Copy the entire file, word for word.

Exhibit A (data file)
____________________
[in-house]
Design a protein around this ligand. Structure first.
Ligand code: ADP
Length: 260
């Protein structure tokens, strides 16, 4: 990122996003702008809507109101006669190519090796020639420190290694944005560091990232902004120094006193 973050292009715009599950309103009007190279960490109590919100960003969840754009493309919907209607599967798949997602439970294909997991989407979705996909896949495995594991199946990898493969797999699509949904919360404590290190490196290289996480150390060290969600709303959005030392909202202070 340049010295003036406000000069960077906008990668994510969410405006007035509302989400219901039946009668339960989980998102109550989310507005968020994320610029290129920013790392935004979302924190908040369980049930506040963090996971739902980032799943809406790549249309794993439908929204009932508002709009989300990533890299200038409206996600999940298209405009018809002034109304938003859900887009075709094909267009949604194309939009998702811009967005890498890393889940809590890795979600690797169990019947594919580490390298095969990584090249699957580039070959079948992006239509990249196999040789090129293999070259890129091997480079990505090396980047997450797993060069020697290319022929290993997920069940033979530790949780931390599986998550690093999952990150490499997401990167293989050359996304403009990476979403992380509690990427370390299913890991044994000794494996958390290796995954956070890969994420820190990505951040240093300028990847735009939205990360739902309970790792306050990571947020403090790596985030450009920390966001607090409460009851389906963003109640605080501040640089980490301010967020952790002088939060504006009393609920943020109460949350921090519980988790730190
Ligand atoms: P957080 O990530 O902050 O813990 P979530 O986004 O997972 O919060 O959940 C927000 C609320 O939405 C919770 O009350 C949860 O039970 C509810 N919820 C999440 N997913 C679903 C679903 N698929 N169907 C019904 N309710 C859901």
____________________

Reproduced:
[in-house]
Design a protein around this ligand. Structure first.
Ligand code: ADP
Length: 260
């Protein structure tokens, strides 16, 4: 990122996003702008809507109101006669190519090796020639420190290694944005560091990232902004120094006193 973050292009715009599950309103009007190279960490109590919100960003969840754009493309919907209607599967798949997602439970294909997991989407979705996909896949495995594991199946990898493969797999699509949904919360404590290190490196290289996480150390060290969600709303959005030392909202202070 340049010295003036406000000069960077906008990668994510969410405006007035509302989400219901039946009668339960989980998102109550989310507005968020994320610029290129920013790392935004979302924190908040369980049930506040963090996971739902980032799943809406790549249309794993439908929204009932508002709009989300990533890299200038409206996600999940298209405009018809002034109304938003859900887009075709094909267009949604194309939009998702811009967005890498890393889940809590890795979600690797169990019947594919580490390298095969990584090249699957580039070959079948992006239509990249196999040789090129293999070259890129091997480079990505090396980047997450797993060069020697290319022929290993997920069940033979530790949780931390599986998550690093999952990150490499997401990167293989050359996304403009990476979403992380509690990427370390299913890991044994000794494996958390290796995954956070890969994420820190990505951040240093300028990847735009939205990360739902309970790792306050990571947020403090790596985030450009920390966001607090409460009851389906963003109640605080501040640089980490301010967020952790002088939060504006009393609920943020109460949350921090519980988790730190
Ligand atoms: P957080 O990530 O902050 O813990 P979530 O986004 O997972 O919060 O959940 C927000 C609320 O939405 C919770 O009350 C949860 O039970 C509810 N919820 C999440 N997913 C679903 C679903 N698929 N169907 C019904 N309710 C859901």